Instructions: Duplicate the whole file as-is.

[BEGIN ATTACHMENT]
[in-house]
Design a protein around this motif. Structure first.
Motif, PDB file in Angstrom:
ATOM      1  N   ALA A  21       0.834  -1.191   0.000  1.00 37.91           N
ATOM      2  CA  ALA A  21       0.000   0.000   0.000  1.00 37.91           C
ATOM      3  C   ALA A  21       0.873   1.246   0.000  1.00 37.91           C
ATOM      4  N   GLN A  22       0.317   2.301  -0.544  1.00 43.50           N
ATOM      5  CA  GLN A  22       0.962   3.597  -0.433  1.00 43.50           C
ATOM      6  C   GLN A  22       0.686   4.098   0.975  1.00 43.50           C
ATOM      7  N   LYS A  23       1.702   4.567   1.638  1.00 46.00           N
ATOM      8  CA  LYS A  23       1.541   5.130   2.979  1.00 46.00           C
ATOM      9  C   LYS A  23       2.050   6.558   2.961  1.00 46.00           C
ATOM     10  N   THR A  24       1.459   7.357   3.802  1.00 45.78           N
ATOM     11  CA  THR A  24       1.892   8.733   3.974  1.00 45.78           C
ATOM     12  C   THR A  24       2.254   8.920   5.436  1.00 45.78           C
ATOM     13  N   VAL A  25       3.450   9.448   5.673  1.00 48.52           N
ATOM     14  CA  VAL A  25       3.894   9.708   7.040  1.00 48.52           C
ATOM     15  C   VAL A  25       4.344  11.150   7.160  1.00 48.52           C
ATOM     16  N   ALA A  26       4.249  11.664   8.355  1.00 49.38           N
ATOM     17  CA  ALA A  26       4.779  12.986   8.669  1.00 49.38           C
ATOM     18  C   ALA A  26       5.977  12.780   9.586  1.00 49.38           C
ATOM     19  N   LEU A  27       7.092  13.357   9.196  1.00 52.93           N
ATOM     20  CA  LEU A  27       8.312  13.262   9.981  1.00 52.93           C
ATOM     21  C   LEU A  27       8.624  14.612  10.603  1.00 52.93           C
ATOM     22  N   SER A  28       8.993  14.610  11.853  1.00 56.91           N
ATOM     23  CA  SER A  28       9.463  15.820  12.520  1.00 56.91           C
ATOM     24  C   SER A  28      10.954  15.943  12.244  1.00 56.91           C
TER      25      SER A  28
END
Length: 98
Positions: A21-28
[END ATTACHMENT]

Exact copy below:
[in-house]
Design a protein around this motif. Structure first.
Motif, PDB file in Angstrom:
ATOM      1  N   ALA A  21       0.834  -1.191   0.000  1.00 37.91           N
ATOM      2  CA  ALA A  21       0.000   0.000   0.000  1.00 37.91           C
ATOM      3  C   ALA A  21       0.873   1.246   0.000  1.00 37.91           C
ATOM      4  N   GLN A  22       0.317   2.301  -0.544  1.00 43.50           N
ATOM      5  CA  GLN A  22       0.962   3.597  -0.433  1.00 43.50           C
ATOM      6  C   GLN A  22       0.686   4.098   0.975  1.00 43.50           C
ATOM      7  N   LYS A  23       1.702   4.567   1.638  1.00 46.00           N
ATOM      8  CA  LYS A  23       1.541   5.130   2.979  1.00 46.00           C
ATOM      9  C   LYS A  23       2.050   6.558   2.961  1.00 46.00           C
ATOM     10  N   THR A  24       1.459   7.357   3.802  1.00 45.78           N
ATOM     11  CA  THR A  24       1.892   8.733   3.974  1.00 45.78           C
ATOM     12  C   THR A  24       2.254   8.920   5.436  1.00 45.78           C
ATOM     13  N   VAL A  25       3.450   9.448   5.673  1.00 48.52           N
ATOM     14  CA  VAL A  25       3.894   9.708   7.040  1.00 48.52           C
ATOM     15  C   VAL A  25       4.344  11.150   7.160  1.00 48.52           C
ATOM     16  N   ALA A  26       4.249  11.664   8.355  1.00 49.38           N
ATOM     17  CA  ALA A  26       4.779  12.986   8.669  1.00 49.38           C
ATOM     18  C   ALA A  26       5.977  12.780   9.586  1.00 49.38           C
ATOM     19  N   LEU A  27       7.092  13.357   9.196  1.00 52.93           N
ATOM     20  CA  LEU A  27       8.312  13.262   9.981  1.00 52.93           C
ATOM     21  C   LEU A  27       8.624  14.612  10.603  1.00 52.93           C
ATOM     22  N   SER A  28       8.993  14.610  11.853  1.00 56.91           N
ATOM     23  CA  SER A  28       9.463  15.820  12.520  1.00 56.91           C
ATOM     24  C   SER A  28      10.954  15.943  12.244  1.00 56.91           C
TER      25      SER A  28
END
Length: 98
Positions: A21-28